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How populists react to challenges

May 9 @ 12:30 pm - 1:30 pm

Speakers: Lisa Zehnter (WZB) and Brett Meyer (Institute for Global Change)

Populist actors are faced with challenges both within their own populism and from their environment. Today’s speakers investigate how populists react to these challenges: how do they solve the inherent puzzle of who does and does not belong to the ‘good people’ and how do they deal with the COVID-19 crisis that disrupts established narratives and policy positions.

 

Lisa Zehnter (WZB) – There’s no such thing as one people. Contextualizing group-references in populist political communication

People-centrism is one of the three defining characteristics in the ideational approach to populism. Yet nearly all parties use group-references in their political communication. Theoretically, the populist ingroup is firstly defined by its homogeneity and unity, which is the precondition for the formulation of a common will (volonté general), and secondly by its opposition to other groups. These outgroups can be elites and – when attached to a thick right-wing ideology – “dangerous others”. However, research on the empirical characteristics of the populist ingroup is scarce and the (constructed) identity of the people remains vague. Hence, this study asks the question of who is addressed, when different political actors refer to the people? I argue that references to the people (and its antagonists) are context-dependent, differing across party ideology, country, time as well as communication channel, and hence that there is no single identity of the ingroup, but rather that the people have many faces. To identify and systematize in- and outgroup(s) of populist political communication in election manifestos, press releases and tweets from political parties in Austria, Germany and Switzerland, this study makes use of word embeddings and, more specifically, embedding regression. This method allows for the linguistic contextualization of group-references and hence gives the opportunity to learn more about systematic differences in the identity of these groups. By applying a novel methodological approach in a comparative framework, this paper adds to the growing research on the measurement of populism in political texts with a focus on its hitherto neglected feature people-centrism.

 

Brett Meyer (Institute for Global Change) – Assessing Populist Leaders’ Performance Across the Pandemic

From the early days of the Covid-19 pandemic when several commentators noted that the virus would deal a death blow to populist leaders to more recent reassessments showing that many have responded similarly to non-populist leaders, there’s been confusion both about what to expect from and how to assess populist leaders’ pandemic performances. Now two years on, we have sufficient experience and data to do this.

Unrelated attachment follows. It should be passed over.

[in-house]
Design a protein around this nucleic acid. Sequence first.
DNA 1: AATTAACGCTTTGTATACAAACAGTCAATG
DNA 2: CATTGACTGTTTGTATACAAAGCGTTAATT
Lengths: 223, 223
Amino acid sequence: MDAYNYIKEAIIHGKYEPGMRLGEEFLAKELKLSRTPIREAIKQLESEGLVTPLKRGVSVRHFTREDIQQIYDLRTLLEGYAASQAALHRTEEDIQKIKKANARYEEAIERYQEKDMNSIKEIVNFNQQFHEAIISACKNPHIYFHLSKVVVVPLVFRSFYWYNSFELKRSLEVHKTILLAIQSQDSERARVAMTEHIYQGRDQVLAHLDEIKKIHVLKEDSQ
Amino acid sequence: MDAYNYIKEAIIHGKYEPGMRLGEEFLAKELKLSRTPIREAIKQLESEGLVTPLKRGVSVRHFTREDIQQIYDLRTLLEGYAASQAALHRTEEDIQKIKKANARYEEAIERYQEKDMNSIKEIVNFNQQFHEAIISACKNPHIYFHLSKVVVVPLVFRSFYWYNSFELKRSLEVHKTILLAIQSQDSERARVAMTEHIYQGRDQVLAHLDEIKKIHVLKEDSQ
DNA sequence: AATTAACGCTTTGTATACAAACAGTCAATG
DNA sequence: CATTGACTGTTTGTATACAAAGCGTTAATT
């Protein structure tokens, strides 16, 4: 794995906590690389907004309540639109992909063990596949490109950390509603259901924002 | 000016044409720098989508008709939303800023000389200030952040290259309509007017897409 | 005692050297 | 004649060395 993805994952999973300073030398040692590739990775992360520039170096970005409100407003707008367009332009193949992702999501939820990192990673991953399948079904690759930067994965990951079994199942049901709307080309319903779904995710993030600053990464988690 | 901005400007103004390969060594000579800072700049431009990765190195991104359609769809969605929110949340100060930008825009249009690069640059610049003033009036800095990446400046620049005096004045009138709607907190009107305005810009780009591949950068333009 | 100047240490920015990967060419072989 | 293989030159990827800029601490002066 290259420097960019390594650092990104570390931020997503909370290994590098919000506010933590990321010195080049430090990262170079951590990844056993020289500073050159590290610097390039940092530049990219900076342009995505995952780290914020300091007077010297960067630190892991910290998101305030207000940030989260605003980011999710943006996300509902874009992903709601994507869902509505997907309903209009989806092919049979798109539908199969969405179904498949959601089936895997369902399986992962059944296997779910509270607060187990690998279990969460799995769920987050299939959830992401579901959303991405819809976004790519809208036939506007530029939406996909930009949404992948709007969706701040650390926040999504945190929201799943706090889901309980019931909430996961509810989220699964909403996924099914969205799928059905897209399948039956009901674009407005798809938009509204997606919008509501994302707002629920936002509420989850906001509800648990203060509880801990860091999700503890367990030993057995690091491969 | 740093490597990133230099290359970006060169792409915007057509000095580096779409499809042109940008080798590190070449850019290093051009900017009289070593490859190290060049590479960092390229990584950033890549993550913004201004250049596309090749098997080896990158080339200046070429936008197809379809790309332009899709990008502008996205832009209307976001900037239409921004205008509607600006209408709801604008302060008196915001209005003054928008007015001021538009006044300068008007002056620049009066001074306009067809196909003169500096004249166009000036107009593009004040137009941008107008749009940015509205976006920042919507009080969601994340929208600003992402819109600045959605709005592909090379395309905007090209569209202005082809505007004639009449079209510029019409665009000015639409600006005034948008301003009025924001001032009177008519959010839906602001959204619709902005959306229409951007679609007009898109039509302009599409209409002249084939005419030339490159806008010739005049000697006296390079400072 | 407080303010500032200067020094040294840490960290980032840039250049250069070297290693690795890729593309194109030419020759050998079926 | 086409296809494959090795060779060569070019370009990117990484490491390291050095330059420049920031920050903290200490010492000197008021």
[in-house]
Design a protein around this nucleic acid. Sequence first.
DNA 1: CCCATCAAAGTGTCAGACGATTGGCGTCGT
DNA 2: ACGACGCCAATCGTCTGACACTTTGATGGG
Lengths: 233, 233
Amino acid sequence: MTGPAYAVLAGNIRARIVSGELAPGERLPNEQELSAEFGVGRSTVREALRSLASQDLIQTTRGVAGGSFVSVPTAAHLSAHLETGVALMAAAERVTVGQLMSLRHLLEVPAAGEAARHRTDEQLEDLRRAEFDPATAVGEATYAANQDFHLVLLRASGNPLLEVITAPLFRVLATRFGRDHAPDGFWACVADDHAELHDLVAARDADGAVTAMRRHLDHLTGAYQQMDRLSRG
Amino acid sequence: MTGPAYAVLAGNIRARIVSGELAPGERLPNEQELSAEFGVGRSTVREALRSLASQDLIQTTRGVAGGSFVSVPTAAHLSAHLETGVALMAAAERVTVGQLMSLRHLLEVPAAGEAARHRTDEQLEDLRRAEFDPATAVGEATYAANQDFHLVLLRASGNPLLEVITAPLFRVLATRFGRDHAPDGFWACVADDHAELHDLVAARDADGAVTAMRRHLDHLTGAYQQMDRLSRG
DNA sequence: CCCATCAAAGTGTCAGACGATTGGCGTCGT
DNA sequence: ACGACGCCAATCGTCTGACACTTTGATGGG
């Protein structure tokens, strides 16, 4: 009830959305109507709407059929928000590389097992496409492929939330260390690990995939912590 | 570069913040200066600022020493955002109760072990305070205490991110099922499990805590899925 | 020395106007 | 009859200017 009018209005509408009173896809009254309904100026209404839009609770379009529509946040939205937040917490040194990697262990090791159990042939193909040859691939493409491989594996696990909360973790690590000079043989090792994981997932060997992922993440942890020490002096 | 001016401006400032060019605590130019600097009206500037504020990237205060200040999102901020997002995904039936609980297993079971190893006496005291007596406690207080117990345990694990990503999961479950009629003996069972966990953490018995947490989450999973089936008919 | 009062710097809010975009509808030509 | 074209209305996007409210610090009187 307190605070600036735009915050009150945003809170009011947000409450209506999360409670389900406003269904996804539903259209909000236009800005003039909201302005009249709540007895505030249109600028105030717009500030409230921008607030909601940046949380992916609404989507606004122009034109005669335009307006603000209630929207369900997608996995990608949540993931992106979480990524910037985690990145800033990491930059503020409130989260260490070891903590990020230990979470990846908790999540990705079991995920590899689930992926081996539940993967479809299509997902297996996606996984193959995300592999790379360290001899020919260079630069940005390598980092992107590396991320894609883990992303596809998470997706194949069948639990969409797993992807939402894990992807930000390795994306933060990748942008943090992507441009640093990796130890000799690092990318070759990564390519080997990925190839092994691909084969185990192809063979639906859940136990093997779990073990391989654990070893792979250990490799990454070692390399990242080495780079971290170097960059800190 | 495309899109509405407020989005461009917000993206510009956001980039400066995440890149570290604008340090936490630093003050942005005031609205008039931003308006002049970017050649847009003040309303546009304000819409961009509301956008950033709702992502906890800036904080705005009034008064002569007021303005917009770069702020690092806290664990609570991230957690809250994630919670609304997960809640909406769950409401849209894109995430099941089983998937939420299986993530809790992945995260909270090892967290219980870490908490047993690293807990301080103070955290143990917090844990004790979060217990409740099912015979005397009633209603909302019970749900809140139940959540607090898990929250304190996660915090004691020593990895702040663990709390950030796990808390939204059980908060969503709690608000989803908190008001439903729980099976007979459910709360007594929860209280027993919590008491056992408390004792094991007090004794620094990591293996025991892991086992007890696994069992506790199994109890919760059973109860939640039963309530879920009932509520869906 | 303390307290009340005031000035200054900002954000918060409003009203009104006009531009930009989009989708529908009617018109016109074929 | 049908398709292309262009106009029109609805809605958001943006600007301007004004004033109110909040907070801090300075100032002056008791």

In this presentation, I draw on several recent reports and short pieces that I have published both on populist leaders’ policy responses to covid and how their covid performances have affected their support. First, I examine the policy responses and death rates of populist leaders relative to those of non-populist leaders, drawing on our Populists in Power database and the WZB Social and Political Correlates of Covid-19 database. I find that populist leaders had higher covid death rates. But they diverged in their policy responses. One group of leaders that I had identified as having had serious early responses to covid remained more likely to have serious policies. Despite this, they still had higher covid death rates than non-populists.

How have populists’ pandemic performances affected their support? To examine this, I constructed a dataset of polls for parties in government in 24 European countries from early 2018 through the end of 2021. I find that while populist-led governments had been polling ahead of non-populist-led governments for almost the entire two-year period before covid, this abruptly reversed when covid struck. Populist government support immediately started to decline, even before death rates increased. Non-populist-led government support also appears to have been less sensitive to subsequent covid death spikes.

I close with a discussion on removing populists from power. Populists are vulnerable, but opposition parties must remain focused on removing them.

 

 

Zoom link – [NO REGISTRATION REQUIRED]

https://radbouduniversity.zoom.us/j/87213158114?pwd=VFd5L2x4SGkyS0c4ZmZuUE02bkVLZz09

Details

Date:
May 9
Time:
12:30 pm - 1:30 pm
View Event Website

Venue

Zoom Webinar